George Pell’s day of reckoning: Australia’s highest-ranking Catholic arrives at court to find out if he’ll face jail while he awaits sentencing for raping a 13-year-old choirboy and molesting another
Paedophile priest George Pell hobbled into court today after he was found guilty of molesting two choirboys.
The 77-year-old, who was third in command of the Catholic Church and the highest ranked priest ever convicted, arrived at the County Court of Victoria for a pre-sentencing hearing.
Surrounded by police officers and camera crews, he staggered into the courthouse using a stick after a double knee replacement.
Paedophile priest George Pell hobbled into court today after he was found guilty of molesting two choirboys
Pell, who has been on bail since he was charged in June 2017, may be taken into custody after the pre-sentencing hearing today.
But he could be free by the afternoon because he is applying for bail while he appeals his conviction in the Court of Appeal.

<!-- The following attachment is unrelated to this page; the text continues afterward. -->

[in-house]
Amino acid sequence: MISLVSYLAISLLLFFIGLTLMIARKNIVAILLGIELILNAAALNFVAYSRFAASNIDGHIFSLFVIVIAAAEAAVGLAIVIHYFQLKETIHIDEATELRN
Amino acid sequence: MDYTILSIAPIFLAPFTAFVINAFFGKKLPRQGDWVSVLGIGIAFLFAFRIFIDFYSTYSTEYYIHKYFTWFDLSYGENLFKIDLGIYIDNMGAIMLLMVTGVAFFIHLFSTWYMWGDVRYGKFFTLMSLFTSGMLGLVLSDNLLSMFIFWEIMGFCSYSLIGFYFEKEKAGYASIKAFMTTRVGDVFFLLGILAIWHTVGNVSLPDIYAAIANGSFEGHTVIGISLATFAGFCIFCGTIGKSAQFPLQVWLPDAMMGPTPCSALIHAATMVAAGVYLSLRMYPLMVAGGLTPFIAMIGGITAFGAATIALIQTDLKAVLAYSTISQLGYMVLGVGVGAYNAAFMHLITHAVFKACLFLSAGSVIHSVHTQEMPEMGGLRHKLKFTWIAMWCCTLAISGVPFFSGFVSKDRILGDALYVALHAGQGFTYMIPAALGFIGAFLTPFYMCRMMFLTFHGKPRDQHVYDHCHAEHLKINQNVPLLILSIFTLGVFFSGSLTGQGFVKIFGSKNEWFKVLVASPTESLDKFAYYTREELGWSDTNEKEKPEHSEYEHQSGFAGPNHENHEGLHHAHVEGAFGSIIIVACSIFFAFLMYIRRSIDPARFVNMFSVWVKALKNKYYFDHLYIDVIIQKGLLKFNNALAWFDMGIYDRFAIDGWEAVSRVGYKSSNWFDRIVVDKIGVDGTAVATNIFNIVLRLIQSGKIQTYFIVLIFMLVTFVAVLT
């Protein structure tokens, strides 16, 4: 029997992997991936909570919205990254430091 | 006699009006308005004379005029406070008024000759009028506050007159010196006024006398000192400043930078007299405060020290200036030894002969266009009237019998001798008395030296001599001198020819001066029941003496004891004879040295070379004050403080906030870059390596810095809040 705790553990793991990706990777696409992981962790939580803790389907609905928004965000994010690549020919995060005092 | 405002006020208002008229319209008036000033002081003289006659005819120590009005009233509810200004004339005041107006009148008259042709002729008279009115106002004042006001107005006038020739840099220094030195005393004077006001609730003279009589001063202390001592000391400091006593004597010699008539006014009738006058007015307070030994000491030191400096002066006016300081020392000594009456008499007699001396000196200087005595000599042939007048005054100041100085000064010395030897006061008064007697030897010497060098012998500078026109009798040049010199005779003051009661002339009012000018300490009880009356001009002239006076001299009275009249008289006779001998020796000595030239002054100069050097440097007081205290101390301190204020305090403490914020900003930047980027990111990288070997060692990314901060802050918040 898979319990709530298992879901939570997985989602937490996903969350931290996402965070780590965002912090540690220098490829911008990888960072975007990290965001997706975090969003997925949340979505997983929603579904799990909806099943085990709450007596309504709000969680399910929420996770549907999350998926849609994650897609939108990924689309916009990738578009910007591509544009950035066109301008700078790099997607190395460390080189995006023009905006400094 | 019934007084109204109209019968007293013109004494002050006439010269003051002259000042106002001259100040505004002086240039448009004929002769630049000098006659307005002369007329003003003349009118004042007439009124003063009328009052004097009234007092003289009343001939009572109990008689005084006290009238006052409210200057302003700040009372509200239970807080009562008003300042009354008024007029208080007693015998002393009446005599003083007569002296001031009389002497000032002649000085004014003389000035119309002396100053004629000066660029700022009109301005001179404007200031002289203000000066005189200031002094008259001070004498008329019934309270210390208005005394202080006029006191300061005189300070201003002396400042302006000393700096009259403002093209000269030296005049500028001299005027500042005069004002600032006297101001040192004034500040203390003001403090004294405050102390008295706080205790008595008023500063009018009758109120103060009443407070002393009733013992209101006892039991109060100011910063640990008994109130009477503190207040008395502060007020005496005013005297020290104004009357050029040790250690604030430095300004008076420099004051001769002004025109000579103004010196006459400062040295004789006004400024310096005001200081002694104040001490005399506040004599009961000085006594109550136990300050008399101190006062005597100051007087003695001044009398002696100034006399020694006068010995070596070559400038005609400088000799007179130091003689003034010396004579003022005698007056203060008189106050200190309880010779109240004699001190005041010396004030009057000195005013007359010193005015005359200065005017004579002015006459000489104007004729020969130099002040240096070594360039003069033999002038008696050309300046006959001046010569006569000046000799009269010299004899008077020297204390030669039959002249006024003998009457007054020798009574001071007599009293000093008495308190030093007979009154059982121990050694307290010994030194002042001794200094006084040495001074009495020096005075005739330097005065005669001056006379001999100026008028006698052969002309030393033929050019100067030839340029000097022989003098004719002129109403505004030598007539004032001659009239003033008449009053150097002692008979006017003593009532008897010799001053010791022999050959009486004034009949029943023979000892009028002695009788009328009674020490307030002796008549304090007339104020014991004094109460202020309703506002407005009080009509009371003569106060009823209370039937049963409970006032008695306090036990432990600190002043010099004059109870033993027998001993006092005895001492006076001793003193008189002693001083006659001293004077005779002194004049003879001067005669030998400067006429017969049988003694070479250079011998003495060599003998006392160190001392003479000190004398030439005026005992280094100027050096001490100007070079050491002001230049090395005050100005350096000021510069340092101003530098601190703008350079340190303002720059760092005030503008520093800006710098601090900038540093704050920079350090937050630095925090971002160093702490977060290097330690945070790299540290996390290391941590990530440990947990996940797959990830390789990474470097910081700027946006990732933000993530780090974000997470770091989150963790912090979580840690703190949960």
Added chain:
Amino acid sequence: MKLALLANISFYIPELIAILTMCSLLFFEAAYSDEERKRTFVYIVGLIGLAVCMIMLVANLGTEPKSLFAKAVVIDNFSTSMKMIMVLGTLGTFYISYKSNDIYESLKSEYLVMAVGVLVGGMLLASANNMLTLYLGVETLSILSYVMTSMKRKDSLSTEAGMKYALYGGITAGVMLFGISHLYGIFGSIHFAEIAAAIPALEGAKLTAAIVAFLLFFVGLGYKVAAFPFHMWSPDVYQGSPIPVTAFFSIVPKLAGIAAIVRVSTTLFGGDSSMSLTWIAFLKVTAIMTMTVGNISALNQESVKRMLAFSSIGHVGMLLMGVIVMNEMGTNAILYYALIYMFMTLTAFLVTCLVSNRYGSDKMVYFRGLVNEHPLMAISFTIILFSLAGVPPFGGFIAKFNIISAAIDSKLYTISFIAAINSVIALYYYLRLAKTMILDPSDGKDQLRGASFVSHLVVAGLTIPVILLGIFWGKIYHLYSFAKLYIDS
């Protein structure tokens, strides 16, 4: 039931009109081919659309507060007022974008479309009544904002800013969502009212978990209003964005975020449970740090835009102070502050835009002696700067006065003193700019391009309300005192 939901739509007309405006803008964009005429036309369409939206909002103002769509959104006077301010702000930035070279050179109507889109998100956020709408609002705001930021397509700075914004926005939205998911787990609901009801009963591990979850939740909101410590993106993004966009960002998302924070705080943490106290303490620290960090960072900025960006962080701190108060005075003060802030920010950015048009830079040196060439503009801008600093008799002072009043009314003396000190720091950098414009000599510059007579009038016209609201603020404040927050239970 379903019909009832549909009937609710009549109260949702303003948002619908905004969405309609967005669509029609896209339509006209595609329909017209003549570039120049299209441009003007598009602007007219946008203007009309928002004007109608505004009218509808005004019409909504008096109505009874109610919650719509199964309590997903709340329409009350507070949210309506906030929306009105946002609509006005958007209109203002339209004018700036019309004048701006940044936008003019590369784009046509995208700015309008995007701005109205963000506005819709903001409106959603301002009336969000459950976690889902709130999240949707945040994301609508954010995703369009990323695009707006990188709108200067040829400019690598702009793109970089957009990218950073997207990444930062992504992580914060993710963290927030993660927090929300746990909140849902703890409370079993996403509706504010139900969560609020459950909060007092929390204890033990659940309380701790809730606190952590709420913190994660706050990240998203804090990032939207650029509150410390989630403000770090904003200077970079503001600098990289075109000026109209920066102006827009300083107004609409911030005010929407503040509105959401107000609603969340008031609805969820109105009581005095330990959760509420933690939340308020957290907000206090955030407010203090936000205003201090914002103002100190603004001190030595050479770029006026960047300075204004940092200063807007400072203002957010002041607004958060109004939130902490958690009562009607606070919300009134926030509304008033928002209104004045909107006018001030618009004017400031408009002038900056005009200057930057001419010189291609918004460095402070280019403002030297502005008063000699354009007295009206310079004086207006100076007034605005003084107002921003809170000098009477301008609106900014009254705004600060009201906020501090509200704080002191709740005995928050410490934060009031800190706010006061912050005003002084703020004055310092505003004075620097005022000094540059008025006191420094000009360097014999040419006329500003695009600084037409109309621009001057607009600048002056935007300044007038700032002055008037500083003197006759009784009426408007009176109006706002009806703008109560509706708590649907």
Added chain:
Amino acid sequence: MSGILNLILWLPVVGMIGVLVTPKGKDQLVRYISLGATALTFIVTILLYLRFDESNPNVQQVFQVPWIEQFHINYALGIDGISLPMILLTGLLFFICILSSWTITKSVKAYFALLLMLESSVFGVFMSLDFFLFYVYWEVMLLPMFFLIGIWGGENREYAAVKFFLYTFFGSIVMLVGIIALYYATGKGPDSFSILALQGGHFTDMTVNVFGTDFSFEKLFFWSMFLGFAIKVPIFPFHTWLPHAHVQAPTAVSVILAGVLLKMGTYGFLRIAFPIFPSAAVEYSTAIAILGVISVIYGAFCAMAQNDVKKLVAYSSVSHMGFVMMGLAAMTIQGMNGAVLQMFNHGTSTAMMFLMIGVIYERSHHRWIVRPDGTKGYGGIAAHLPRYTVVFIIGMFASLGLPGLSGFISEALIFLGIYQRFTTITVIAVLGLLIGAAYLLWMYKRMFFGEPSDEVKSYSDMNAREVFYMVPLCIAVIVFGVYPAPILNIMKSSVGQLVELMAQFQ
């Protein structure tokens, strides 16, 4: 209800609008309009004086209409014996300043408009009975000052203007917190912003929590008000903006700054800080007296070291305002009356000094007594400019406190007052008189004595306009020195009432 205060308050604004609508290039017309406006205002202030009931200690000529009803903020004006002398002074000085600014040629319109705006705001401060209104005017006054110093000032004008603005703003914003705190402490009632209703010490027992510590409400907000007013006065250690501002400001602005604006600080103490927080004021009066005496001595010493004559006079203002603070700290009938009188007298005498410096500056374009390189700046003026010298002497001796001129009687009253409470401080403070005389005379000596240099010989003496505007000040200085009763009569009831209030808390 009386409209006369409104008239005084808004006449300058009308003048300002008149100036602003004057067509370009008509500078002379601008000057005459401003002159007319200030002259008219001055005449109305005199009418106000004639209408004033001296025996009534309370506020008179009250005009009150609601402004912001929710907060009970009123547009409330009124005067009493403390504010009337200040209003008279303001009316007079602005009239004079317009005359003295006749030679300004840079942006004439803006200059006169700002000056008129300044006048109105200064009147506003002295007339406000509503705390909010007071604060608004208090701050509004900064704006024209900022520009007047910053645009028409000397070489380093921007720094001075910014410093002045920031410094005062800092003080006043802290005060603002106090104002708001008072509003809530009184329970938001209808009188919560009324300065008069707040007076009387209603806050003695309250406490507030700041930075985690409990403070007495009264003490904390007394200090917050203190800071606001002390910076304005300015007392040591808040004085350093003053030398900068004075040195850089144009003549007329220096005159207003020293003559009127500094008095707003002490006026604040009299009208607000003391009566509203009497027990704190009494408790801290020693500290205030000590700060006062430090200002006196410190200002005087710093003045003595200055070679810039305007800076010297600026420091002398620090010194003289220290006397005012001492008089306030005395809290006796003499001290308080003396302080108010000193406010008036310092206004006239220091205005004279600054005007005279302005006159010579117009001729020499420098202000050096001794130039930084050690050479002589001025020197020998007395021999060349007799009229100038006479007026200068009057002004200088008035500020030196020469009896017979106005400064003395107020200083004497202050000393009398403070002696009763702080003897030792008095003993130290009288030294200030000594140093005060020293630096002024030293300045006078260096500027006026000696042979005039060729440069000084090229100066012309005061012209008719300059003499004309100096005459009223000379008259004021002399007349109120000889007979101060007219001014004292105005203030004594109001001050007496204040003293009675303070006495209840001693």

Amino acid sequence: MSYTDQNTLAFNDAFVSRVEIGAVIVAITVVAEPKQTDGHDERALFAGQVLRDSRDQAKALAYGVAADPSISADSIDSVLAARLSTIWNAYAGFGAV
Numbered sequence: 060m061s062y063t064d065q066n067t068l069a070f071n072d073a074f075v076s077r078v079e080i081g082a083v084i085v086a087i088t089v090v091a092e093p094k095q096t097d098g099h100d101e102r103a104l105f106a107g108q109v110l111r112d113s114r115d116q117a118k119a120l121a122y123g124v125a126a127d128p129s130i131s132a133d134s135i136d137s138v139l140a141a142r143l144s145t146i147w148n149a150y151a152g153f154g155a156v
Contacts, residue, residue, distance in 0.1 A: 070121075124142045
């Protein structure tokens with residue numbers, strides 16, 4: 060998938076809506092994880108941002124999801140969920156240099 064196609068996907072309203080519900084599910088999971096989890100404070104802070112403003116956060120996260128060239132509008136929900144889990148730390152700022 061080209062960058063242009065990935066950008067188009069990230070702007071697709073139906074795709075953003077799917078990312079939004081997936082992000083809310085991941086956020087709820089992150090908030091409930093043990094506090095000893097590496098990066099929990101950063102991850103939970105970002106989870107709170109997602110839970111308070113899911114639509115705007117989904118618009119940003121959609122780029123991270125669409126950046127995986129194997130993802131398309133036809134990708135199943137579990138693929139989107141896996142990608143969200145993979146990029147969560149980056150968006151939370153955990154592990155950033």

Pell was found guilty by a jury in December of raping a 13-year-old choirboy in 1996 and molesting another at St Patrick’s Cathedral in east Melbourne.
He had been newly appointed Archbishop of Melbourne when he committed the crimes.
The jurors returned a unanimous verdict after of a retrial following a hung jury in September.
The media was unable to report the conviction until a second trial was abandoned on Tuesday morning.
Australia’s highest-ranking Catholic, the Vatican treasurer was granted extra time on bail over the festive season to have double knee replacement surgery in Sydney.
He had become increasingly frail and had difficulty walking unassisted throughout his trial.
On Wednesday, Pell faces Chief Judge Peter Kidd for a plea hearing, where pre-sentencing submissions will be presented by both crown and defence legal teams.
Lawyers for Pell, who maintains his innocence, have lodged an application for leave to appeal the convictions.
On Tuesday, Pell’s lawyer Robert Richter QC accepted a prison sentence was inevitable but said he intended to appeal on three grounds, including that the jury verdict was unreasonable as it was contrary to the evidence.
The historical offences each carry a maximum 10-year prison sentence.